That was just one of the three navy ships and one merchant vessel torpedoed on the outward and return voyage. Two submarines were sunk. The outward voyage on this convoy was worse; forty eight (the number varies in different reports) Ju 88 torpedo bombers were dispatched in waves for a mass attack. Some carrying mines to drop in the path of the convoy. Six of these bombers were shot down by the carrier’s Wildcat fighter aircraft and one from the HMS Bellonia’s anti-aircraft fire others were hit and damaged by destroyer fire. Overall it was reported that eleven aircraft did not return to Norway either due to damage or getting lost and running out of fuel. Three more crashed on landing due to damage. A second attack was mounted three days later where seven Ju 88’s were shot down. A number of the aircraft from the Nairana and the Campania were lost defending these attacks. For seven days the battle raged on with the U-Boats and Bombers and the convoy escorts. But if that was not enough to contend with, after those attacks a force 11 hurricane scattering the convoy best described in a report: “Convoys to Russia :”
“The weather that followed deserves the description of ‘the great gale’. Other convoys suffered serious weather damage but none so bad as this. The convoy was greatly scattered. Numerous ships suffered severe weather damage. Several merchant ships were reduced to steering with block and tackle on the rudder head and on return to Britain twelve warships had to be docked with weather damage.”
Dad described an anti-aircraft gun 2 pound pom pom similar to the one in the photo, being entirely swept off its mountings during this storm. This describes the ferocity of the storm, relentlessly pounding the vessels. He also described how the deck was at 45 degrees until they headed into the wind and there was great fear that the ship might role over being a top heavy aircraft carrier. Aircraft and mobile equipment in the hangers double and triple lashed, broke loose and got damaged. My dad said to me “one hand for the Navy and one hand to hold on for your life”. I can now understand the reasoning for that phrase.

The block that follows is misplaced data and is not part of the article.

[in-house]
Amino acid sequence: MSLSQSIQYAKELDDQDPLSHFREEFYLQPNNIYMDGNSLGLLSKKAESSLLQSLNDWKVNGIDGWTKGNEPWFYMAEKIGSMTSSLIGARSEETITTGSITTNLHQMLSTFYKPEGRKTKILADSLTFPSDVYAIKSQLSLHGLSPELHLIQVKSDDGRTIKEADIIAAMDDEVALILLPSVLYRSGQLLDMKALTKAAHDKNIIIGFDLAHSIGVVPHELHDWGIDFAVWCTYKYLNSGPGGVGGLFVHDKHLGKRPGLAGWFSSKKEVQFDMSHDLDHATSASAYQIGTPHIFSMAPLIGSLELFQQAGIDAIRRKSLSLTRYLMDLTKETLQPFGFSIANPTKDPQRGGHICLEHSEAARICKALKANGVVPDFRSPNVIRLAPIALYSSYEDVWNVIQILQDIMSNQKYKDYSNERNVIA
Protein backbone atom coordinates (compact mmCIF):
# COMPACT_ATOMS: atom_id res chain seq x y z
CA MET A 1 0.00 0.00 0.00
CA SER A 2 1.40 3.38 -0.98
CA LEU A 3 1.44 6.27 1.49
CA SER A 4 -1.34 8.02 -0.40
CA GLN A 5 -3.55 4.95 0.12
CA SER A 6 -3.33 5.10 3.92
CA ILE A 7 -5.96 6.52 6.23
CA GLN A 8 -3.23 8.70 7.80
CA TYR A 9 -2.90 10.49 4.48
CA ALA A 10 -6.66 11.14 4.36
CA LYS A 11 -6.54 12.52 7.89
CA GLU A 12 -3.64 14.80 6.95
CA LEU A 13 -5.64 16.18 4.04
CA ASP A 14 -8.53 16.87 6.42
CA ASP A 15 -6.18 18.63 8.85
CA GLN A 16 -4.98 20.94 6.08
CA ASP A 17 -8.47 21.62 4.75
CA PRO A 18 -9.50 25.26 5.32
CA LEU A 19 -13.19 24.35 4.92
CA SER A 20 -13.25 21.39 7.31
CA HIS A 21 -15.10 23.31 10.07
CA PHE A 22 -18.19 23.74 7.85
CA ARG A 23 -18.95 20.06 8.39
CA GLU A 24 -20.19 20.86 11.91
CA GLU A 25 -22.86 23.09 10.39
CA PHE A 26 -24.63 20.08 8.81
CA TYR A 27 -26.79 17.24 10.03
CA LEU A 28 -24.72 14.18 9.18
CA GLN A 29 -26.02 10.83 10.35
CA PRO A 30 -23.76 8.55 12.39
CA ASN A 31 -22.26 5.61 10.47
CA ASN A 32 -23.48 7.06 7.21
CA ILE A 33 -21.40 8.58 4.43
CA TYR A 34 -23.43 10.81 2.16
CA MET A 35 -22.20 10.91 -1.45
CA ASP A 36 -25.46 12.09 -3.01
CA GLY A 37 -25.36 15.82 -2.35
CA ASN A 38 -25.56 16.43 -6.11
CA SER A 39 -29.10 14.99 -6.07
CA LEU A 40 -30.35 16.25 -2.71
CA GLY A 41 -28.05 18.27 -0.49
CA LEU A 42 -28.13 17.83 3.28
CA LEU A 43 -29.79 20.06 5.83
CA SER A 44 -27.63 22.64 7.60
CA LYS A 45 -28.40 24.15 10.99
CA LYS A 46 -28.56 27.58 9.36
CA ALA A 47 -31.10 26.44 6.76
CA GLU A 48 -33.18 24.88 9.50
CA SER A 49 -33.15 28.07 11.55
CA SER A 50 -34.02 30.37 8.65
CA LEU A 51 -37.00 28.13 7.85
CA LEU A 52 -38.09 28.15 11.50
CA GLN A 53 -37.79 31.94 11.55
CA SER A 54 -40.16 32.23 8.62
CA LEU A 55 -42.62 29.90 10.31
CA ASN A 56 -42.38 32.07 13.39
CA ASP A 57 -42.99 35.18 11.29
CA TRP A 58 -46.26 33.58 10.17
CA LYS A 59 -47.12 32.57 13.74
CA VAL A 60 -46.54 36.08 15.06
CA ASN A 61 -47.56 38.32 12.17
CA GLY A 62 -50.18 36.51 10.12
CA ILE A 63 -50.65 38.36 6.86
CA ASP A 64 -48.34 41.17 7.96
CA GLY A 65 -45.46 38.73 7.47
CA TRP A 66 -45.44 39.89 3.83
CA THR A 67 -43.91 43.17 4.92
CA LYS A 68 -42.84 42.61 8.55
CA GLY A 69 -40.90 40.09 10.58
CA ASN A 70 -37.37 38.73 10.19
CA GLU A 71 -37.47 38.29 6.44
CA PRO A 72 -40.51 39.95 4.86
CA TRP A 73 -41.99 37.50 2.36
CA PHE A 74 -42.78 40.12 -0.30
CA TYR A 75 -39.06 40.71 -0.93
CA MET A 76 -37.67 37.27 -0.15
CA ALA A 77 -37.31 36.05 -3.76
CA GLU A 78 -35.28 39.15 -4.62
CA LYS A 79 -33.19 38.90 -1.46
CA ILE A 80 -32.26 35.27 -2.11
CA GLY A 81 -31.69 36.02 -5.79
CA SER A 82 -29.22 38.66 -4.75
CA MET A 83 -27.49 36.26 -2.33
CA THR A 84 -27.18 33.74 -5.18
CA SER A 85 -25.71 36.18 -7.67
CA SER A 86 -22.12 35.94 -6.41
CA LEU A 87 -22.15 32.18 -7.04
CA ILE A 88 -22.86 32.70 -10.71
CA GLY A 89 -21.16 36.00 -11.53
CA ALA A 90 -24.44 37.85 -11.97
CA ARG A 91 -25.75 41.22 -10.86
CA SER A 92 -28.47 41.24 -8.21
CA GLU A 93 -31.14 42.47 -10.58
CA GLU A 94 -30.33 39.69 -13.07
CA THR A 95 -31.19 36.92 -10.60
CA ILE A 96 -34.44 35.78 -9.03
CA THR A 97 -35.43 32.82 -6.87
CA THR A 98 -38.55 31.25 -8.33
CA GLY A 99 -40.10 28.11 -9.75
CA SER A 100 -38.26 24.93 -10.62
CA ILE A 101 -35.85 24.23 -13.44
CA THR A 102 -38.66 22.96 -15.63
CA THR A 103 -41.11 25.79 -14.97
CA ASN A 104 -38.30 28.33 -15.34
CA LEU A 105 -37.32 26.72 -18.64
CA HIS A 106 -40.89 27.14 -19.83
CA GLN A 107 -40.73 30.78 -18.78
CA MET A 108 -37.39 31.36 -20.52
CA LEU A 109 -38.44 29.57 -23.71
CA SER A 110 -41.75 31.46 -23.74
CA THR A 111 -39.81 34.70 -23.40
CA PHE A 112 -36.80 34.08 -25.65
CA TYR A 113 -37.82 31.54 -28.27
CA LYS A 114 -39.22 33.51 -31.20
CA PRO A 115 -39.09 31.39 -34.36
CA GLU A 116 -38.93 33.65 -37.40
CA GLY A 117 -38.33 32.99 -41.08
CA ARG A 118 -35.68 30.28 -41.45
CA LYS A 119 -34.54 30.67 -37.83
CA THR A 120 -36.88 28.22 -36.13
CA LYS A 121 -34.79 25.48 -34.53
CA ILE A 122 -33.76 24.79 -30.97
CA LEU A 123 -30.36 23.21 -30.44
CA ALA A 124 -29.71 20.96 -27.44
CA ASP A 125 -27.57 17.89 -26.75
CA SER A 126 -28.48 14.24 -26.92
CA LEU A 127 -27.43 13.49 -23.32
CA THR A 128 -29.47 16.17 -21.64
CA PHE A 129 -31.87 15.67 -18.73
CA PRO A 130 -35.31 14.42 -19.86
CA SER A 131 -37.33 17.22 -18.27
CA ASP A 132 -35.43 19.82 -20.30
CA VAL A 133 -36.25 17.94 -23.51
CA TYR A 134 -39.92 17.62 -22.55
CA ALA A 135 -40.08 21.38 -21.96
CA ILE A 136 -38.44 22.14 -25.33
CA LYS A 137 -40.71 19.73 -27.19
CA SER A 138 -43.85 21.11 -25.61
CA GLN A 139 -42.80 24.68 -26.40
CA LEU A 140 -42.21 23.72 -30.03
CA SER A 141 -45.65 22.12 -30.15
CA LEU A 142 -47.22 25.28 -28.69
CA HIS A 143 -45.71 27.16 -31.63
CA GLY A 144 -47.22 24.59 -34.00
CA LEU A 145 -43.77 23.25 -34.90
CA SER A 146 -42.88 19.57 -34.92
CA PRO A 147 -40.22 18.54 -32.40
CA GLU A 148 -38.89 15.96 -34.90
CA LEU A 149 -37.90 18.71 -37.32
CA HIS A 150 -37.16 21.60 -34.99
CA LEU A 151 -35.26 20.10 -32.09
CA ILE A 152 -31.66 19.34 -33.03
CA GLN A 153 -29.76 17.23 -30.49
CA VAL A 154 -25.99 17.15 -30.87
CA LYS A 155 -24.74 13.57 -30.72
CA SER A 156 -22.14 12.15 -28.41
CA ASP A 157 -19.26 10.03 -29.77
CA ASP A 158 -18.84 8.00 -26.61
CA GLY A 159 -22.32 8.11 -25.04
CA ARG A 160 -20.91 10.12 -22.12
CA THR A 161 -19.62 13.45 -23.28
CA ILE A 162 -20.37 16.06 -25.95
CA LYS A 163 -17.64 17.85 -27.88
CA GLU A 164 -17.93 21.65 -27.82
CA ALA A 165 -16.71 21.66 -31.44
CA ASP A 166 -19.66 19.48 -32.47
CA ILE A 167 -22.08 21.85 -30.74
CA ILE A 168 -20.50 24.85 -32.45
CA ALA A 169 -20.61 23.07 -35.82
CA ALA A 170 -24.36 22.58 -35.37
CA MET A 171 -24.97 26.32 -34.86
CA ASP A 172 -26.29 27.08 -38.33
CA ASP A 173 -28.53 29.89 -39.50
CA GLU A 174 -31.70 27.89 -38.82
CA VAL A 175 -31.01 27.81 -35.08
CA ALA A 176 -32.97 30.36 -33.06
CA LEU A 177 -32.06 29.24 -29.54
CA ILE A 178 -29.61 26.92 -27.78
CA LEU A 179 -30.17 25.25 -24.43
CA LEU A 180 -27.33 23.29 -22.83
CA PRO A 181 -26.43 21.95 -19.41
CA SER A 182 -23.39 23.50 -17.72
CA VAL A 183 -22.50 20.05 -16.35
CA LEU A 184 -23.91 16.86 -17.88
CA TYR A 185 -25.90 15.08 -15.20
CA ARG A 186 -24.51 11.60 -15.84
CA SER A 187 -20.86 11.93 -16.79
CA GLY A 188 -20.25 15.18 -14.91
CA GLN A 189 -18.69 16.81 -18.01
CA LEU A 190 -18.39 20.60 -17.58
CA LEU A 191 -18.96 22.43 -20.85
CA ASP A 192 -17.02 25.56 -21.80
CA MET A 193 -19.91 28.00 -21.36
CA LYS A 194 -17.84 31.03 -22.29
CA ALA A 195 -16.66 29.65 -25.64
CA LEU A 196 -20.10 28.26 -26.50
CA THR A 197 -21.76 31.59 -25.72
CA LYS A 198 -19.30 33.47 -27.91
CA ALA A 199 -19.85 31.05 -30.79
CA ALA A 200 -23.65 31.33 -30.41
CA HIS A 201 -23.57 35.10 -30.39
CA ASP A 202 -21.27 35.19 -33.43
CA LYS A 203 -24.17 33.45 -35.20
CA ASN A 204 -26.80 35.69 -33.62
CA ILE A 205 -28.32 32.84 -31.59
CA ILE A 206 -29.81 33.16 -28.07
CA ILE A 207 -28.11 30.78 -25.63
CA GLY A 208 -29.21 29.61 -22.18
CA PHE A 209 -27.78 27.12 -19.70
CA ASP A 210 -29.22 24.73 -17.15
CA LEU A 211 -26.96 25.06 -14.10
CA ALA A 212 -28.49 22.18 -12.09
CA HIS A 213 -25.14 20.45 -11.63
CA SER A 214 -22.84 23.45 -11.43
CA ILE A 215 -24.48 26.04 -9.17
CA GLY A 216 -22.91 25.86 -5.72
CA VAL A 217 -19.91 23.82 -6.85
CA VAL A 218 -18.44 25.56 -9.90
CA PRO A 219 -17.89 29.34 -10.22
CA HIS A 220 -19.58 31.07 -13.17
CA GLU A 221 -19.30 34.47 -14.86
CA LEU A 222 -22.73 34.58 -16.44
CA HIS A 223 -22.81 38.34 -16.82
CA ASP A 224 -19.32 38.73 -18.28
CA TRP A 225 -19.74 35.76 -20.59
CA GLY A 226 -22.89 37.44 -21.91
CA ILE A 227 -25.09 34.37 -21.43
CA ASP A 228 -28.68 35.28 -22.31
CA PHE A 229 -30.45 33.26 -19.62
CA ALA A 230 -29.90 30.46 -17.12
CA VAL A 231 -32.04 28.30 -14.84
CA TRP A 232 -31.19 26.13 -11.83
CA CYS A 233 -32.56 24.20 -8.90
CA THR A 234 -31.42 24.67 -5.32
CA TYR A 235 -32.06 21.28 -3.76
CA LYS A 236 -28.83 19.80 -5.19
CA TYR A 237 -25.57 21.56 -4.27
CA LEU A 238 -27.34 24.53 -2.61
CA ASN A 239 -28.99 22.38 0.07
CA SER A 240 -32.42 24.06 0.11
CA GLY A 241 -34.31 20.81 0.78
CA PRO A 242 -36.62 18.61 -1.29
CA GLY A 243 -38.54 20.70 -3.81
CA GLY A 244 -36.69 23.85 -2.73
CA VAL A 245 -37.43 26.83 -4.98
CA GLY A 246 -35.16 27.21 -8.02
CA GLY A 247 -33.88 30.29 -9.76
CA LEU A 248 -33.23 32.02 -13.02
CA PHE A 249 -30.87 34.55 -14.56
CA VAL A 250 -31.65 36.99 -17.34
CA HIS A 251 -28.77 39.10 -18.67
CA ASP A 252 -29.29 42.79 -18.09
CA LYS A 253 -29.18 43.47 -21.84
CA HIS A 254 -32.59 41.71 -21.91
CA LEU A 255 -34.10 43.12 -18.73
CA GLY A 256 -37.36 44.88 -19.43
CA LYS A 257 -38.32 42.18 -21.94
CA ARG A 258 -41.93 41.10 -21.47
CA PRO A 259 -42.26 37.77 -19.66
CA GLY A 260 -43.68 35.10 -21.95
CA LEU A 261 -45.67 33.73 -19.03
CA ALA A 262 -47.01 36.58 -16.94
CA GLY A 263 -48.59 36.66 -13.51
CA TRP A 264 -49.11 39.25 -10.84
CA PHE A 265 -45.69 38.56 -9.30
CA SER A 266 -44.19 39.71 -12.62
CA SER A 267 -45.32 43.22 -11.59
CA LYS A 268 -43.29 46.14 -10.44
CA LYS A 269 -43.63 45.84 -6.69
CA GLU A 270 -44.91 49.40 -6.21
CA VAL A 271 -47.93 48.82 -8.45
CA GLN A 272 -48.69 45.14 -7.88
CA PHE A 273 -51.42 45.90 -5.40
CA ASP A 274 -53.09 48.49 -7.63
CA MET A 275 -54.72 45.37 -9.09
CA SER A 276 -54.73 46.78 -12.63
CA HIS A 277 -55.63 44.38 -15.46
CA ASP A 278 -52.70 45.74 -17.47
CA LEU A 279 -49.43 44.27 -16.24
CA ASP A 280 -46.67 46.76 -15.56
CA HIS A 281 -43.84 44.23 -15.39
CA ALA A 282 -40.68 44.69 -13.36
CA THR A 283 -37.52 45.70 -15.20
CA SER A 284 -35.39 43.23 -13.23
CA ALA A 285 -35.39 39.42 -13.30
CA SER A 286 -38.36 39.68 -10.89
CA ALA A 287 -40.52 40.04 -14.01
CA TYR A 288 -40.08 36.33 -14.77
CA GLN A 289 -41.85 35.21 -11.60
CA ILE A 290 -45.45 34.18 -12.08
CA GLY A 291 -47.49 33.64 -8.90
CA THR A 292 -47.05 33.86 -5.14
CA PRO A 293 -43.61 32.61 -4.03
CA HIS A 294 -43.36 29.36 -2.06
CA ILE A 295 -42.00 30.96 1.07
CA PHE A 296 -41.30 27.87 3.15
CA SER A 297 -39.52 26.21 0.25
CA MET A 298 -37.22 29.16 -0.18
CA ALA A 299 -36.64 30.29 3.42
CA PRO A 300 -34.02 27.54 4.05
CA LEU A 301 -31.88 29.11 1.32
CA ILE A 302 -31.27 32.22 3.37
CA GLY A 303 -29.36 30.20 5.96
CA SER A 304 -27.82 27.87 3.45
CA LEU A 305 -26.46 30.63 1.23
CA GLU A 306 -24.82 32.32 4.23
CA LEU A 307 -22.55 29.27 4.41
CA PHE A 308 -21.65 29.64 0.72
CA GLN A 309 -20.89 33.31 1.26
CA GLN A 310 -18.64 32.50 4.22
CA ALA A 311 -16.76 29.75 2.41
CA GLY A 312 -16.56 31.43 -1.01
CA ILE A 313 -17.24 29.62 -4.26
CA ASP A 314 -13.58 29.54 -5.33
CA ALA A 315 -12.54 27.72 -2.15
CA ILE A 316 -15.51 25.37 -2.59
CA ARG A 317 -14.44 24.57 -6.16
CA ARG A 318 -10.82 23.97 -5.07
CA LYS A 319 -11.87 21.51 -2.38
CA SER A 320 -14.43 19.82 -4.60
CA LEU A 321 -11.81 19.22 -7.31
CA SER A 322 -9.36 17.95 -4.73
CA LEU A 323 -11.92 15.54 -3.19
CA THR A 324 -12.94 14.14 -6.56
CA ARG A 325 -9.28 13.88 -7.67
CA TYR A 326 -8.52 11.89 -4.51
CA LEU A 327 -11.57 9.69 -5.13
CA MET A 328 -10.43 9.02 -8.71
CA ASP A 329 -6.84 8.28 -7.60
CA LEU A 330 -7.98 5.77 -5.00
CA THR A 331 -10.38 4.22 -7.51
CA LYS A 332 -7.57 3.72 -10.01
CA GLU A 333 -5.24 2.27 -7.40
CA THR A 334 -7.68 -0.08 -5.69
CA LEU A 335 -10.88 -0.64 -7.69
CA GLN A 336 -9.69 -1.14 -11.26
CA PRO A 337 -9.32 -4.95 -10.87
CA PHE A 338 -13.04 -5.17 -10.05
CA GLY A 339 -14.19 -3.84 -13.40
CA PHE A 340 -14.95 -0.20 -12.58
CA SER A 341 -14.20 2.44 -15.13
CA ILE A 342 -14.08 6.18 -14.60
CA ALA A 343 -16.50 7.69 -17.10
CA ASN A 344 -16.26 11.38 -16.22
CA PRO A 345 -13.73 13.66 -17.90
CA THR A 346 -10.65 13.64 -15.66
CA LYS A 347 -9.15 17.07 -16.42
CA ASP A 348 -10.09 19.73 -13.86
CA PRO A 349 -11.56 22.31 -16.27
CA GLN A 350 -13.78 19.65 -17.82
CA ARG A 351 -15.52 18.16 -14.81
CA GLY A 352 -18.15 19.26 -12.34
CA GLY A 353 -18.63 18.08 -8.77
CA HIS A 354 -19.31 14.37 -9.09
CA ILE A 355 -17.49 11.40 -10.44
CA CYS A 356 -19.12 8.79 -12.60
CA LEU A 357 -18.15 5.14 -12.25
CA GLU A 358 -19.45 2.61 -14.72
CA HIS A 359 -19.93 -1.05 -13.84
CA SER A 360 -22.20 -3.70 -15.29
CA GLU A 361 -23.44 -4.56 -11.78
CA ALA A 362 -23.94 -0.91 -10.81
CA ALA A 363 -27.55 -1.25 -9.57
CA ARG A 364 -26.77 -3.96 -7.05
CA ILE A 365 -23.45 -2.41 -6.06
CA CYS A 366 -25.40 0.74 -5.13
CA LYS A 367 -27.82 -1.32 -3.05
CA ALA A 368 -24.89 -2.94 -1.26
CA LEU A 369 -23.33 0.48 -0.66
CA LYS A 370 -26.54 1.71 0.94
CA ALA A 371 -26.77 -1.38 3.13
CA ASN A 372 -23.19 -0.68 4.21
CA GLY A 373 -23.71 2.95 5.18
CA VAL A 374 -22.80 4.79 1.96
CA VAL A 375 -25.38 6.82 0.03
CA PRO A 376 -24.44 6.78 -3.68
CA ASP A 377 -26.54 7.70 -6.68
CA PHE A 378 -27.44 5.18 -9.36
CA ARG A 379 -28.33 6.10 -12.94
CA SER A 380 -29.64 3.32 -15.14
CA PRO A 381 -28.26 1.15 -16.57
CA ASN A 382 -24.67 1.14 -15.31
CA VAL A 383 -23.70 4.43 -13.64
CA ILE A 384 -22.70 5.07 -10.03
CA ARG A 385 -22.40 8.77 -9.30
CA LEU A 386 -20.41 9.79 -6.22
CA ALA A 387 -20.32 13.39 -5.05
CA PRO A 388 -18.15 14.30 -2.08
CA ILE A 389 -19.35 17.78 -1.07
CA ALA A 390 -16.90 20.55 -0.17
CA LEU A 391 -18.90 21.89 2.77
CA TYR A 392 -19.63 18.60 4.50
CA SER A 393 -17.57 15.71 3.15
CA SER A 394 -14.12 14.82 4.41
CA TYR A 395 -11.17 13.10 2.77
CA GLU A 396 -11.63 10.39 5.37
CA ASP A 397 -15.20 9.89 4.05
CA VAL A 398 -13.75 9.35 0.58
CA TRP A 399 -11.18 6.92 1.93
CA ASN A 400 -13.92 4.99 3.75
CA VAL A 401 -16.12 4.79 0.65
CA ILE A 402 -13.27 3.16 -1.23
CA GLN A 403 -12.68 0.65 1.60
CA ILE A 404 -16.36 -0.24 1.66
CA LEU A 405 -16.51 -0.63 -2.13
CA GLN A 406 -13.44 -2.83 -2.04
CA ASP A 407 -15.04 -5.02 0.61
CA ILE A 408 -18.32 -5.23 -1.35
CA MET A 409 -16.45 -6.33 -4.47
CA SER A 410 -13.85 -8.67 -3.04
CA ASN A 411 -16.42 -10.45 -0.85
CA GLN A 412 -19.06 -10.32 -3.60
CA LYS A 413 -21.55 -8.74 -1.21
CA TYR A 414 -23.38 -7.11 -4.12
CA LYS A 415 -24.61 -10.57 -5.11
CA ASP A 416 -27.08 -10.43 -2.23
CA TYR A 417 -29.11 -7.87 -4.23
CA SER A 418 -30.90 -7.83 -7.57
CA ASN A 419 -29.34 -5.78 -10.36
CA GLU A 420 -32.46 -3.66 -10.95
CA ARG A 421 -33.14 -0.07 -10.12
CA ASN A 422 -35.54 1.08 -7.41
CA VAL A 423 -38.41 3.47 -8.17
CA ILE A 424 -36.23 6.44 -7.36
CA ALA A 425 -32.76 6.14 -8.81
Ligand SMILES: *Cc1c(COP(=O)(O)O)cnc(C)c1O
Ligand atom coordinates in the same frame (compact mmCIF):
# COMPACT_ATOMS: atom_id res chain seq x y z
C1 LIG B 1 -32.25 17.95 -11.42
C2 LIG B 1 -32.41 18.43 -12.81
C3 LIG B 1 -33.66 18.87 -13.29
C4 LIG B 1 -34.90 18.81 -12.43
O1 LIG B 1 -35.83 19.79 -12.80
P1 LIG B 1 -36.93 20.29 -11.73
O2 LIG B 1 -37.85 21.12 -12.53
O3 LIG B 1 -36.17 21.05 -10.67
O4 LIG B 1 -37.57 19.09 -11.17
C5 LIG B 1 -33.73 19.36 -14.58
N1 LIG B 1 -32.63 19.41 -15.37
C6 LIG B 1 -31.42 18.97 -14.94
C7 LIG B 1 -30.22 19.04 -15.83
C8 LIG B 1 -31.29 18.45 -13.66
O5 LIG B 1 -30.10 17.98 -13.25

He also had tremendous respect for the German submariners. Sometime after the war he mentioned to me he thought of them equally brave to attempt to do what they did. I found this a strange comment especially considering that he had lost shipmates. But we now know that they had worse odds of surviving than his crew. He said to me many times you would never have got me to serve on a submarine. Referring to them rather coarsely as “steel coffins” which may reflect the number he was aware of being sunk.
When Dad passed away last December, I started typing these poorly crafted lines to honour and remind us of his life with us. I have struggled to select precious pieces of the mosaic of his navy service, using occasional reminders from my brother. We all agree our father witnessed a lot during his period of service and got on with the job as he did in life. He would never ever have described himself as a hero. He said if there were any hero’s it had to be the crews of the Swordfish and Wildcats who took off in all weather conditions on a pitching deck with 80 knot winds in both light and darkness. Their job was to act as the good shepherds defending the flock of defenceless merchantmen from the wolf packs marauding just out of reach of the ASDIC. They did their job well. This is best described in the book Alone on a wide wide sea by E.E Barringer. A quote from that book, “Just tell the people we had a job to do and we did it and that was that”. I imagine this is what my father might have said. He was just one member of crew and aircrew, together they did their job some of whom, I know will never have a true story written about them. I humbly write this true story to honour all those personnel as well as my father. From my perspective, he is our own family’s hero and not to highlight that, but to record a bit of our family history for his grandchildren and honour all those 3000 Navy and Merchant personnel, some of whom were his shipmates or aircrew from the HMS Campania, who which we are now forever grateful of their sacrifices and their lives to preserve our freedom today.
Eric Craig served on HMS Campania from 1944 – 1945.
Eric passed away 12 Dec 2013.
Images of HMS Campania are also included in in the book Convoys to Russia by Bob Ruegg and Arnold Hague.
Click to expand photos